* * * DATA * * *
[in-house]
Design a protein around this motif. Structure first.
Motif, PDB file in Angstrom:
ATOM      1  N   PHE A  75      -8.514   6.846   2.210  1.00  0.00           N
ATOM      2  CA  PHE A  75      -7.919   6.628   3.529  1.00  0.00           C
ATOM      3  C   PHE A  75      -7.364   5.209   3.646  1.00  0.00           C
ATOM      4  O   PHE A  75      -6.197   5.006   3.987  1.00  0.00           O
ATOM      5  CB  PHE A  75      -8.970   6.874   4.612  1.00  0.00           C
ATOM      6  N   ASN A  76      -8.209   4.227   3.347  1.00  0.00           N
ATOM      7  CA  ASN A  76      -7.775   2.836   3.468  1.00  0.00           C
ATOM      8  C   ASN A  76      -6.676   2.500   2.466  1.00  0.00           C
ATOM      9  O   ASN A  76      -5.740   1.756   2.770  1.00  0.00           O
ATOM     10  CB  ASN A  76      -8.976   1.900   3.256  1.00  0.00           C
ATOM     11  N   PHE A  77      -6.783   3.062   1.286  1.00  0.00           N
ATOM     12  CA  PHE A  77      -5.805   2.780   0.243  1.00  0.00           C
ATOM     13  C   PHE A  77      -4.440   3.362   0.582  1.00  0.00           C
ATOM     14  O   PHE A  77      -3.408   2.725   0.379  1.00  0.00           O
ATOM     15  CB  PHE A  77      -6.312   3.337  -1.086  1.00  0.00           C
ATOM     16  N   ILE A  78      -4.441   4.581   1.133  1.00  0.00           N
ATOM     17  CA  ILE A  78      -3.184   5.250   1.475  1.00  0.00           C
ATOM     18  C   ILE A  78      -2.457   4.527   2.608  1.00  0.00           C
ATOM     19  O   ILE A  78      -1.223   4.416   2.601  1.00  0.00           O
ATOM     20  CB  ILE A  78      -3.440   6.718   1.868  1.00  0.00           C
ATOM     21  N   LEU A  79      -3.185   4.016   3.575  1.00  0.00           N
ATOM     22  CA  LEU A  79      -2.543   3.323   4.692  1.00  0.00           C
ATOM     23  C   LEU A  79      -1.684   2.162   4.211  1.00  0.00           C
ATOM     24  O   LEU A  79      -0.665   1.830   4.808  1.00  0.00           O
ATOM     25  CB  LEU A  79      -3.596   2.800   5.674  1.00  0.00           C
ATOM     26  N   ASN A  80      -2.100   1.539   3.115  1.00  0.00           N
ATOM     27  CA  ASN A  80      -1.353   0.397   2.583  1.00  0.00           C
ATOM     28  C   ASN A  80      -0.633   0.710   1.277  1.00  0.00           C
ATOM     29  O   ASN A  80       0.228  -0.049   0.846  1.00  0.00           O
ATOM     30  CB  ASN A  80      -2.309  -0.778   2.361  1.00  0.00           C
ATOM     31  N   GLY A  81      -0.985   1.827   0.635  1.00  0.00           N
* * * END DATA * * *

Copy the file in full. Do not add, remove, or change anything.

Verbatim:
[in-house]
Design a protein around this motif. Structure first.
Motif, PDB file in Angstrom:
ATOM      1  N   PHE A  75      -8.514   6.846   2.210  1.00  0.00           N
ATOM      2  CA  PHE A  75      -7.919   6.628   3.529  1.00  0.00           C
ATOM      3  C   PHE A  75      -7.364   5.209   3.646  1.00  0.00           C
ATOM      4  O   PHE A  75      -6.197   5.006   3.987  1.00  0.00           O
ATOM      5  CB  PHE A  75      -8.970   6.874   4.612  1.00  0.00           C
ATOM      6  N   ASN A  76      -8.209   4.227   3.347  1.00  0.00           N
ATOM      7  CA  ASN A  76      -7.775   2.836   3.468  1.00  0.00           C
ATOM      8  C   ASN A  76      -6.676   2.500   2.466  1.00  0.00           C
ATOM      9  O   ASN A  76      -5.740   1.756   2.770  1.00  0.00           O
ATOM     10  CB  ASN A  76      -8.976   1.900   3.256  1.00  0.00           C
ATOM     11  N   PHE A  77      -6.783   3.062   1.286  1.00  0.00           N
ATOM     12  CA  PHE A  77      -5.805   2.780   0.243  1.00  0.00           C
ATOM     13  C   PHE A  77      -4.440   3.362   0.582  1.00  0.00           C
ATOM     14  O   PHE A  77      -3.408   2.725   0.379  1.00  0.00           O
ATOM     15  CB  PHE A  77      -6.312   3.337  -1.086  1.00  0.00           C
ATOM     16  N   ILE A  78      -4.441   4.581   1.133  1.00  0.00           N
ATOM     17  CA  ILE A  78      -3.184   5.250   1.475  1.00  0.00           C
ATOM     18  C   ILE A  78      -2.457   4.527   2.608  1.00  0.00           C
ATOM     19  O   ILE A  78      -1.223   4.416   2.601  1.00  0.00           O
ATOM     20  CB  ILE A  78      -3.440   6.718   1.868  1.00  0.00           C
ATOM     21  N   LEU A  79      -3.185   4.016   3.575  1.00  0.00           N
ATOM     22  CA  LEU A  79      -2.543   3.323   4.692  1.00  0.00           C
ATOM     23  C   LEU A  79      -1.684   2.162   4.211  1.00  0.00           C
ATOM     24  O   LEU A  79      -0.665   1.830   4.808  1.00  0.00           O
ATOM     25  CB  LEU A  79      -3.596   2.800   5.674  1.00  0.00           C
ATOM     26  N   ASN A  80      -2.100   1.539   3.115  1.00  0.00           N
ATOM     27  CA  ASN A  80      -1.353   0.397   2.583  1.00  0.00           C
ATOM     28  C   ASN A  80      -0.633   0.710   1.277  1.00  0.00           C
ATOM     29  O   ASN A  80       0.228  -0.049   0.846  1.00  0.00           O
ATOM     30  CB  ASN A  80      -2.309  -0.778   2.361  1.00  0.00           C
ATOM     31  N   GLY A  81      -0.985   1.827   0.635  1.00  0.00           N